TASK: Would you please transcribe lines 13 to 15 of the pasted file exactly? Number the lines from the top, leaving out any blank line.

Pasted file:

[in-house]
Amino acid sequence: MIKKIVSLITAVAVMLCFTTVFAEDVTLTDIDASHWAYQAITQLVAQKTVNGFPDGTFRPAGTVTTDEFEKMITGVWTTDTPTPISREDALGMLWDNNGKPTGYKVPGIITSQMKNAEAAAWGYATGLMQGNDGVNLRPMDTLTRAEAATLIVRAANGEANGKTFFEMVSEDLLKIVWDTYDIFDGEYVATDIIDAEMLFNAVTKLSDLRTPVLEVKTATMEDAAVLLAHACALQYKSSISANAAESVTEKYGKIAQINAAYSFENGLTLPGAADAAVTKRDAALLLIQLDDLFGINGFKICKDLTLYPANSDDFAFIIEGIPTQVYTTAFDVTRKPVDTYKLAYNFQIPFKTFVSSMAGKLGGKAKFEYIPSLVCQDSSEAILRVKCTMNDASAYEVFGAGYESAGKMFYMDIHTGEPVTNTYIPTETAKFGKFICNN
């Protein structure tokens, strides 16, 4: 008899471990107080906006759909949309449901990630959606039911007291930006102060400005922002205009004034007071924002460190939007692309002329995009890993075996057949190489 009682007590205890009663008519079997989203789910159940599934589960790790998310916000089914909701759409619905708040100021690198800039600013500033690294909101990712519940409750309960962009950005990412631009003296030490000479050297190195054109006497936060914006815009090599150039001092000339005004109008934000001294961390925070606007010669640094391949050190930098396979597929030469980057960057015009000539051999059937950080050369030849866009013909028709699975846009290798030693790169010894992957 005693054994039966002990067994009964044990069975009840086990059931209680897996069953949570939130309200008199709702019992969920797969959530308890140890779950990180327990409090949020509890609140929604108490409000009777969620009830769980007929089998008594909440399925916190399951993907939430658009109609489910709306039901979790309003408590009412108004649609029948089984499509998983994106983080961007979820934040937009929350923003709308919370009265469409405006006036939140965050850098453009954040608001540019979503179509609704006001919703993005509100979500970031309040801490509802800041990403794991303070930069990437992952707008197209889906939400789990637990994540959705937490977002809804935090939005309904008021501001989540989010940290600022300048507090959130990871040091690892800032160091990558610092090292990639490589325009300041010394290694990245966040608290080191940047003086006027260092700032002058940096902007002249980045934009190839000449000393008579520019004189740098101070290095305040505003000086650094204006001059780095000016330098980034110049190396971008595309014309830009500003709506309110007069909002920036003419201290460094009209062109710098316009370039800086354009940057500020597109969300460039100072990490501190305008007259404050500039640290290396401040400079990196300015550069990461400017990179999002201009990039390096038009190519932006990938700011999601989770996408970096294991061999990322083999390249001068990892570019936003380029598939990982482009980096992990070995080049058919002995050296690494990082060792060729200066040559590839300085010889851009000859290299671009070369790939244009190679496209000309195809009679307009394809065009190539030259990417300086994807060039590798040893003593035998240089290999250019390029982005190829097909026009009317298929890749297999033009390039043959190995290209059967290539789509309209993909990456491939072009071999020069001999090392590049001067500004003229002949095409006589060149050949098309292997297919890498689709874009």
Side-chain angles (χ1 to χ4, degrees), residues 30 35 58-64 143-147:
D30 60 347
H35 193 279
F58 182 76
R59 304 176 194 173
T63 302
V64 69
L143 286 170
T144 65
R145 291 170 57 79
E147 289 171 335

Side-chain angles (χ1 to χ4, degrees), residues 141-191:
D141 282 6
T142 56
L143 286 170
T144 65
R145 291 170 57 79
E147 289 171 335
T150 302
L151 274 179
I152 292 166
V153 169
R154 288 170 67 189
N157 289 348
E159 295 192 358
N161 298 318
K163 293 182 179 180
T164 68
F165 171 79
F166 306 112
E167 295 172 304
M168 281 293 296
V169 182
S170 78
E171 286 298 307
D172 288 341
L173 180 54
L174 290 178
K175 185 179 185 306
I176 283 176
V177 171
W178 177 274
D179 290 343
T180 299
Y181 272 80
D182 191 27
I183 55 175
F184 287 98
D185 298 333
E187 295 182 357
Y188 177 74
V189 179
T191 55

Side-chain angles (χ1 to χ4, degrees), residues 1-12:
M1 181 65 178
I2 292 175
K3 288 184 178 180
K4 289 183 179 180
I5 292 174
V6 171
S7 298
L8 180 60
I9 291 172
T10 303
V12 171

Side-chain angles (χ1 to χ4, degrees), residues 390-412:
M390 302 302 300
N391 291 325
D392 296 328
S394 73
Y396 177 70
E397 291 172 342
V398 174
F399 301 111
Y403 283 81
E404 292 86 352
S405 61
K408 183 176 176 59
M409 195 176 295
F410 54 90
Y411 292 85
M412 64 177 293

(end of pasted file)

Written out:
R145 291 170 57 79
E147 289 171 335

Side-chain angles (χ1 to χ4, degrees), residues 141-191: